By Jackie Thakkar Dec. 04, 2017
To realise just how fucked up my friends are, all I had to do was spend a day with them without the distraction of my phone.
Dear Fellow Millennials,
I write this as a warning to those of you who are likely living in a mobile-phone-induced misconception that all their friends are functional adults. They are not. To realise who we are as a generation, all I had to do was spend a day with my friends without the distraction of my phone.
I didn’t set out to do this, of course. I’m not suicidal. But I did manage to arrive at brunch, without a fully charged phone and no charger in sight. Now let me make it clear this was my #Squad I was brunching with and by all means, we considered ourselves #SquadGoalz.
Like most millennials, my squad has been attuned to believe that most people outside our group aren’t worth our time or attention. #NoNewFriends is more than a hashtag to us. It’s a motto and way of life we have adopted. But two hours of notification-less brunching with them made me reconsider every life decision I’ve ever made. Including #NoNewFriends.
At the beginning of this phoneless brunch, people who seemed like fairly functional adults, suddenly became prime candidates for a psychiatrist’s chair. Prior to this, I had no idea that we used selfies, Instagram-tagging, and showing each other pictures of our crushes on our phone screens as replacement for ummm… actual, human interaction. That afternoon, I learnt some painful details about my friends.
At the beginning of this phoneless brunch, people who seemed like fairly functional adults, suddenly became prime candidates for a psychiatrist’s chair.
For starters, I had no idea just how much of a supremely misogynistic prick the Daddy-Ka-Business dude in our gang was. Maybe I was too distracted by Facebook Notifications every time he bragged about cheating on his girlfriend before this. I’d never noticed that my doctor friend, who is happily married, has an unhealthy obsession with bitching about her in-laws and can’t go five minutes without adding to her Insta Stories. The Fashion Blogger, who I’d always thought was woke, seemed to only be able to talk about her trouble finding a rich husband so that she can quit fashion blogging at the ripe age of 27. The Real-Estate dude who is relatively new to the gang and who I was hanging out with for the first time without the sweet distraction of Snapchat, volunteered to show me proof of how the Vatican used to be Shivling. It was a WhatsApp forwarded to him on a Whatsapp Group titled, “Hindu Power by 2020.” I literally could not.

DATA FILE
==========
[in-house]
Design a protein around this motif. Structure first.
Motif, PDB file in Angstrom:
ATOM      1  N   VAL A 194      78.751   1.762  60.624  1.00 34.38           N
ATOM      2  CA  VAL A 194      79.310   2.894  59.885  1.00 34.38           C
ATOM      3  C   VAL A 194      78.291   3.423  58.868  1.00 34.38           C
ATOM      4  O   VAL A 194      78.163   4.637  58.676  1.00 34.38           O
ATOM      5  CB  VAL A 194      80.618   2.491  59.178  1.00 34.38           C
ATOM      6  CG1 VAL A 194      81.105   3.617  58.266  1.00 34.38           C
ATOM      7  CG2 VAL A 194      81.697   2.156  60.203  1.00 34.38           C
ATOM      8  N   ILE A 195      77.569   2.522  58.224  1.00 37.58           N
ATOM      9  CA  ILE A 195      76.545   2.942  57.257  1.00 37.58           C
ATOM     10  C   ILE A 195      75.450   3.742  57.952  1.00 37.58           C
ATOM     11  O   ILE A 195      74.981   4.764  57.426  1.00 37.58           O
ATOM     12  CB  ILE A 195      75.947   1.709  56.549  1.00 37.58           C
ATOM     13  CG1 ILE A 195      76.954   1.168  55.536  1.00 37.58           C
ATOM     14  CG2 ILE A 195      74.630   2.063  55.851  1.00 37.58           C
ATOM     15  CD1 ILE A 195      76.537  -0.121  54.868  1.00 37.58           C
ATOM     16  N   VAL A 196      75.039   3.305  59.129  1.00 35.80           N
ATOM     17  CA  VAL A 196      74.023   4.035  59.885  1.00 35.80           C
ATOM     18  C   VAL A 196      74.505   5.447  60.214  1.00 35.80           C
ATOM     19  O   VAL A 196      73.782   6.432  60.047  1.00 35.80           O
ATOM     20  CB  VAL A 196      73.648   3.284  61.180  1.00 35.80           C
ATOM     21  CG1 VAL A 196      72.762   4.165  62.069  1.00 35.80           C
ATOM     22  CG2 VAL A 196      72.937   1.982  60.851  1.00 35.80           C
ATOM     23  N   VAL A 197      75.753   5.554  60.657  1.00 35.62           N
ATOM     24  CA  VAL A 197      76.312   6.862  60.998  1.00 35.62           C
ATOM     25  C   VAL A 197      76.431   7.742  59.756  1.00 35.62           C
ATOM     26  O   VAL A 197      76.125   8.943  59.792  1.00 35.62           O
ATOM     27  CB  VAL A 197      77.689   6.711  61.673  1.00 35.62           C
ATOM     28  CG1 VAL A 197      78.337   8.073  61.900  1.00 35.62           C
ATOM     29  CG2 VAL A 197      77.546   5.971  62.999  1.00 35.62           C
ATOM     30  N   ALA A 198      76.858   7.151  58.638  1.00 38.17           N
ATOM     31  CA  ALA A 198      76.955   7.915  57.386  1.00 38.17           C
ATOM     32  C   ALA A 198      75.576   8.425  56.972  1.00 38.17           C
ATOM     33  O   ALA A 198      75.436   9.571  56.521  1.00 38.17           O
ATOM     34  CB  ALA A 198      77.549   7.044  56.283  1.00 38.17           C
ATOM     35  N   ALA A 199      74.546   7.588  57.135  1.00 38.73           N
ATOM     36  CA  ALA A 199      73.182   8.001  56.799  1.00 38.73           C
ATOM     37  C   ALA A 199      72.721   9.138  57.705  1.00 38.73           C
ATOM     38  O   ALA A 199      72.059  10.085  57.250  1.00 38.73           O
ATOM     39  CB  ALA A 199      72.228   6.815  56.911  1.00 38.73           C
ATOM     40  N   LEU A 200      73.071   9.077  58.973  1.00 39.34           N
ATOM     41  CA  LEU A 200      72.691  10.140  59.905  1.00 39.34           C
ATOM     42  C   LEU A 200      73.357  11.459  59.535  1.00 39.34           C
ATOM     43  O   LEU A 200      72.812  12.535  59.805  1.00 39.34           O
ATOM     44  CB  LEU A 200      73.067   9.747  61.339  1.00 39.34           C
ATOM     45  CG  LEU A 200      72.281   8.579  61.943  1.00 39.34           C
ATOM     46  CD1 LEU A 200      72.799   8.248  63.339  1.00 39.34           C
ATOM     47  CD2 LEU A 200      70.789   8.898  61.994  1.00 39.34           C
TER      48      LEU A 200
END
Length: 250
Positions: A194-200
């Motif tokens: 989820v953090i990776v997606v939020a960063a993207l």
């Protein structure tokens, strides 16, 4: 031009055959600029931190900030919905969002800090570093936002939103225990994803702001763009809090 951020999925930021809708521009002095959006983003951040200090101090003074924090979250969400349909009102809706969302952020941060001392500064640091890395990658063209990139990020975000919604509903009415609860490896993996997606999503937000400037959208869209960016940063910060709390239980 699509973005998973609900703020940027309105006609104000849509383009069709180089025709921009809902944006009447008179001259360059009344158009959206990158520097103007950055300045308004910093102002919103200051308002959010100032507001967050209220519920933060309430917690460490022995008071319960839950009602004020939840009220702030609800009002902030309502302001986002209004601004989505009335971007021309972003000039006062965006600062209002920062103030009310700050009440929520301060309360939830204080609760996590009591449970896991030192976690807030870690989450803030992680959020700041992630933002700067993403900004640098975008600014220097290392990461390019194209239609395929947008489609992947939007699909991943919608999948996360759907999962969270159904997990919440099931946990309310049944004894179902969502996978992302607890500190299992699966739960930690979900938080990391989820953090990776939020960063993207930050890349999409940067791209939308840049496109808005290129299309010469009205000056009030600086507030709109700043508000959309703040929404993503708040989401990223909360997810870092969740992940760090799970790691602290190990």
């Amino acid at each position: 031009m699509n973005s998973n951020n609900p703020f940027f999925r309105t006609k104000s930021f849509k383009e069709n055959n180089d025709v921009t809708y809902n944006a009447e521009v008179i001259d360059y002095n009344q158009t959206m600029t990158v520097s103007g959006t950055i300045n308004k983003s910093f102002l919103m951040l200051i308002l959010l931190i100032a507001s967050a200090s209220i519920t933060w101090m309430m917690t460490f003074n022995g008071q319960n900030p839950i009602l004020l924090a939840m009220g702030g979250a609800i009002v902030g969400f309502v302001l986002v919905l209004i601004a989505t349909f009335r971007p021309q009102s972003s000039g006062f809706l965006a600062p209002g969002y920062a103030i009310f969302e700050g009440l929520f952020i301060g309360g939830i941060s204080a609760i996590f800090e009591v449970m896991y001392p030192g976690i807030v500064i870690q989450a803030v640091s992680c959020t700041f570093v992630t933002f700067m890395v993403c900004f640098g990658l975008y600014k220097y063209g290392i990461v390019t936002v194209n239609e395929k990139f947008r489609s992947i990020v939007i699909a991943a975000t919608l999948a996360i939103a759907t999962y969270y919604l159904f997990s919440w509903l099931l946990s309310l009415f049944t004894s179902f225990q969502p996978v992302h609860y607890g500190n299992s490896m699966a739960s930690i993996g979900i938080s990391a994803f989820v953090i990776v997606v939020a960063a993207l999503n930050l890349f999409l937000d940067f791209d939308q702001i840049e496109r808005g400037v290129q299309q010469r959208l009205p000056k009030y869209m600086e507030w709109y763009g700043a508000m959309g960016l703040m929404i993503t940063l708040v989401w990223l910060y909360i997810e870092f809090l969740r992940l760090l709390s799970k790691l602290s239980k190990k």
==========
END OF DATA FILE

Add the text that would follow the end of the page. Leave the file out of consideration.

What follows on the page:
By the end of brunch, I didn’t know who to feel sorrier for… myself or them. It was clear to me that we’d been living within the collective veneer of our social media personalities for far too long now. It had come to a point where we barely knew each other’s real-world personae.
I contemplated broaching this subject with them, but when I reached home and plugged my phone for charging, I was flooded with Instagram and Facebook notifications. As expected, Fashion Blogger had gone all out and uploaded a series of photos from our just-concluded brunch. Like clockwork, her caption included both #NoNewFriends and #SquadGoalz.
The 89 likers on the post were blind to the deep levels of dysfunctional angst that lay behind every smile in our meticulously rehearsed groupfie. I contemplated untagging myself and breaking this vicious cycle of digital gratification.
I am not so bold, however. So I decided to be her 90th liker and write a piece about it instead.